Brooklyn Bridge Promenade

The view along the Brooklyn Bridge Promenade, looking toward Manhattan, between 1908 and 1920. Image courtesy of the Library of Congress, Detroit Publishing Company Collection.

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The same view in 2013:

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The angle here isn’t exact, since they were taken from different sides of the walkway, but both photos show the same view of the Brooklyn Bridge and of the Manhattan skyline.  The first photo is interesting, because although the subject of the photo is the bridge, the background shows three different buildings that were, at one point, the tallest in the world:

1. New York World Building: The tallest from 1890 to 1894, demolished in 1955 to expand the approaches for the Brooklyn Bridge.  The dome of the building is barely visible under the left-hand arch of the bridge tower.

2. Park Row Building:  Held the record from 1899 to 1901, and the building still exists, although it’s not visible in the 2013 photo.  It can be seen in the first photo, near the center, with the two towers on top.

3. Singer Building: Held the record from 1908 to 1909, and was demolished in 1968.  It is readily visible on the far left of the first photo, and its location today is marked by One Liberty Plaza, the large black rectangle at the base of the new World Trade Center building.

Springfield Skyline (3)

The view of Springfield from West Springfield, between 1900 and 1910. Image courtesy of the Library of Congress, Detroit Publishing Company Collection.

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The view in 2014:

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The most obvious difference here is the lack of a covered bridge – this bridge was replaced by the current Memorial Bridge (just to the right of the scene in the 2013 photo) in 1922. The first bridge across the river in Springfield was an uncovered, six span bridge that was built in 1805. It collapsed in 1814, and was replaced by the covered bridge, which was completed in 1820. The designer was Isaac Damon, the same architect who designed Springfield’s Old First Church.  This bridge far outlasted its predecessor, and even the present Memorial Bridge hasn’t reached the 102 years that the covered bridge made it to.

The bridge was finally demolished – or, to be more accurate, dismantled piece by piece to reuse the wood – in 1922, upon completion of Memorial Bridge. Although there are no visible traces of the bridge itself, it’s still easy to pinpoint its location; there is a Bridge Street in Springfield, and another one directly across the river in West Springfield. Neither street currently leads to a bridge, but they were once the approaches to the old covered bridge.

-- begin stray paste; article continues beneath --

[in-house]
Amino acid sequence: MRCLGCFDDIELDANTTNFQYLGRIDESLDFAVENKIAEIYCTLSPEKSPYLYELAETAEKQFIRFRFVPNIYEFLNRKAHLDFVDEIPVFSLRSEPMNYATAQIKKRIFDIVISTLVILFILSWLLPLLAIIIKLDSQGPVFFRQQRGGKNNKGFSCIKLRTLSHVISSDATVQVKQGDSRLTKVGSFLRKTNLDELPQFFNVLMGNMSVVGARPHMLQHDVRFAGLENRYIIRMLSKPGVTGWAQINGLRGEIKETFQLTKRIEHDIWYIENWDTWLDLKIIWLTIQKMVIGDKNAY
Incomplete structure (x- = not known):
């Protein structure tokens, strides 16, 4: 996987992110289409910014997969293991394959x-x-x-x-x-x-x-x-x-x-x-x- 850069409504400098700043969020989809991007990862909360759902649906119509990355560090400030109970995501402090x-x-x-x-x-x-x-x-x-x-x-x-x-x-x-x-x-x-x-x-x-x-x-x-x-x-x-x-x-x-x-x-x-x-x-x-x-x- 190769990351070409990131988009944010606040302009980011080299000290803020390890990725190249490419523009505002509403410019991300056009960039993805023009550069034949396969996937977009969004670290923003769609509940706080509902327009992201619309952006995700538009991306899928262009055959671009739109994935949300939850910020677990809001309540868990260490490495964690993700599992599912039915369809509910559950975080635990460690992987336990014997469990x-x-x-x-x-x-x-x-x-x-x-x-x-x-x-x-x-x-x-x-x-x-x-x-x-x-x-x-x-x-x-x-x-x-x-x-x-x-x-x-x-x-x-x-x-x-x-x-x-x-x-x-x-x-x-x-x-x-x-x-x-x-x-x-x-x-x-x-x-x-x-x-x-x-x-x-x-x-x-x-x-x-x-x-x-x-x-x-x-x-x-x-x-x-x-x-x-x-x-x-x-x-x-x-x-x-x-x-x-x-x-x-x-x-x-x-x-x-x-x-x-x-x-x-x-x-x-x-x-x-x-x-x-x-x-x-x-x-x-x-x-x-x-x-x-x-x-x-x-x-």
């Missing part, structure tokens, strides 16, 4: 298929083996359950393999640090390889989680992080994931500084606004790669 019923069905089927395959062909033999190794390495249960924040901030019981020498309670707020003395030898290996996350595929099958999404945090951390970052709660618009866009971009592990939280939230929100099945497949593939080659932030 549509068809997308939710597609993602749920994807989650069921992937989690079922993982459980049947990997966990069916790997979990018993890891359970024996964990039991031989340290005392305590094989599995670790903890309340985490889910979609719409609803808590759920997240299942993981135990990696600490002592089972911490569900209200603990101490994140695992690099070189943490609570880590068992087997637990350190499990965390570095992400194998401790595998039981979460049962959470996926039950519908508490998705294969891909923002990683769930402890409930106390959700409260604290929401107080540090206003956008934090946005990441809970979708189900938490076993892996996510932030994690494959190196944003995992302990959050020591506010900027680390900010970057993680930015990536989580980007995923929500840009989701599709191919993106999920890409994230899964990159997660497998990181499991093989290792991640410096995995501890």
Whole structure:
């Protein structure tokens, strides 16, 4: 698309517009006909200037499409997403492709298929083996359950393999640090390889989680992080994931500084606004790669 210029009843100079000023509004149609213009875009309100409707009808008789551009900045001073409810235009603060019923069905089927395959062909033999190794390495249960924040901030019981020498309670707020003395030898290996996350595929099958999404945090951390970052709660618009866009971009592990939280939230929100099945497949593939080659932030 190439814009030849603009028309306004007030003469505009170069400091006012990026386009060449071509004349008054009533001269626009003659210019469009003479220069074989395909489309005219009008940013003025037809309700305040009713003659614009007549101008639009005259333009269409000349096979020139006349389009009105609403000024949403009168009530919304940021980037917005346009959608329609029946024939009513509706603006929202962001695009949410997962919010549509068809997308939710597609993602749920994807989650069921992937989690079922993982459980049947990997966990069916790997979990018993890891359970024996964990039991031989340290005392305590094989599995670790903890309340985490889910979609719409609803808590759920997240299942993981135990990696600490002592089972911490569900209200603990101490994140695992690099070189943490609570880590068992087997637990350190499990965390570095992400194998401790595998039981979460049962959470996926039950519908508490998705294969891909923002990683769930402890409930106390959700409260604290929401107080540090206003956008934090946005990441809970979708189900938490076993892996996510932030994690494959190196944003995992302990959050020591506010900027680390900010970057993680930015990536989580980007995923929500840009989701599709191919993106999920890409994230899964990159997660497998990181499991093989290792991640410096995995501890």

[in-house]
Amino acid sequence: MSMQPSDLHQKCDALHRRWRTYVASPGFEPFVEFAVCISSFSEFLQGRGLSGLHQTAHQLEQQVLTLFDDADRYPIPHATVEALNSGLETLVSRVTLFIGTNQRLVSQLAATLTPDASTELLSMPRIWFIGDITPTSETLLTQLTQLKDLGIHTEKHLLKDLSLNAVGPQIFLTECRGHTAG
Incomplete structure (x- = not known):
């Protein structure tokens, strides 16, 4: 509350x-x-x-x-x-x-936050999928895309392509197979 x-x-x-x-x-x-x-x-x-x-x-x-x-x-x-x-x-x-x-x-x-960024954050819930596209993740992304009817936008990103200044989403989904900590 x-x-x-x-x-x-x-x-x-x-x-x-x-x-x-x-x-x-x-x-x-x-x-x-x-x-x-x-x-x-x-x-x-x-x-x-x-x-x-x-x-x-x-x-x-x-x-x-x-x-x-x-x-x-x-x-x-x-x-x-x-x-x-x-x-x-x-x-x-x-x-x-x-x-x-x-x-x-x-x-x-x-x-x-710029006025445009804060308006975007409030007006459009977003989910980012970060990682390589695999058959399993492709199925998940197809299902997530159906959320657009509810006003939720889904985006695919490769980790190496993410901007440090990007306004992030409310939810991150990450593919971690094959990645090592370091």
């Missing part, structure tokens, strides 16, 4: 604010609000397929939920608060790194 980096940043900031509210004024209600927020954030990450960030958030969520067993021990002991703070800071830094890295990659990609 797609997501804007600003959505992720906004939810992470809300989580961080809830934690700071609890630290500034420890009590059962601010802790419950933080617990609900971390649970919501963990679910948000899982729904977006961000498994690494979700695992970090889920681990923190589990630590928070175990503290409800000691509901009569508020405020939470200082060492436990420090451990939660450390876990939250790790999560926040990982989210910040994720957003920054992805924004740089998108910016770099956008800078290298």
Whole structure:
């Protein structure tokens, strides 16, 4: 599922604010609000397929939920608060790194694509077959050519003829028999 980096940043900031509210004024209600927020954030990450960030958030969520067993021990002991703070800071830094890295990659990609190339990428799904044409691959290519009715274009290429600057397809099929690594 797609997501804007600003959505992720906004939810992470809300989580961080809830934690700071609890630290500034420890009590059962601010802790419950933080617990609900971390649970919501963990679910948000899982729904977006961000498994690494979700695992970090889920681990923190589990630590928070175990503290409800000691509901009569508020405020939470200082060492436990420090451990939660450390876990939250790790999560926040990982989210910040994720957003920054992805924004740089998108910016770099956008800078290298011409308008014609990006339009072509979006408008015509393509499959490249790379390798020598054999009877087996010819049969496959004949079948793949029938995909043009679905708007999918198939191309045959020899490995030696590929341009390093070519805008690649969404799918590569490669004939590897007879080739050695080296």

Railroad Arch, Springfield

Looking north toward the Boston & Albany Railroad arch over Main Street in Springfield, between 1900 and 1910. Image courtesy of the Library of Congress, Detroit Publishing Company Collection.

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The railroad arch in 2018:

 

For many years, there was no bridge over Main Street, forcing the busy rail line to cross the busy road at grade.  Finally, in 1890, the stone arch was built, and survives to this day, even when none of the other buildings from the first decade of the 20th century have.  See the 1882 photo in this post for a view of Main Street before the arch was built.

Brooklyn Bridge, New York

The Brooklyn Bridge from the south, as it appeared around 1904. The towers of the Williamsburg Bridge are barely visible in the distance. Image courtesy of the Library of Congress, Detroit Publishing Company Collection.

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The same view in February, 2012:

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The Brooklyn Bridge hasn’t changed much in the past 108 years, but its surroundings have.  In addition to the Manhattan Bridge behind it, the skyline of the Lower East Side has also substantially changed, with high-rises covering much of the shoreline in this area.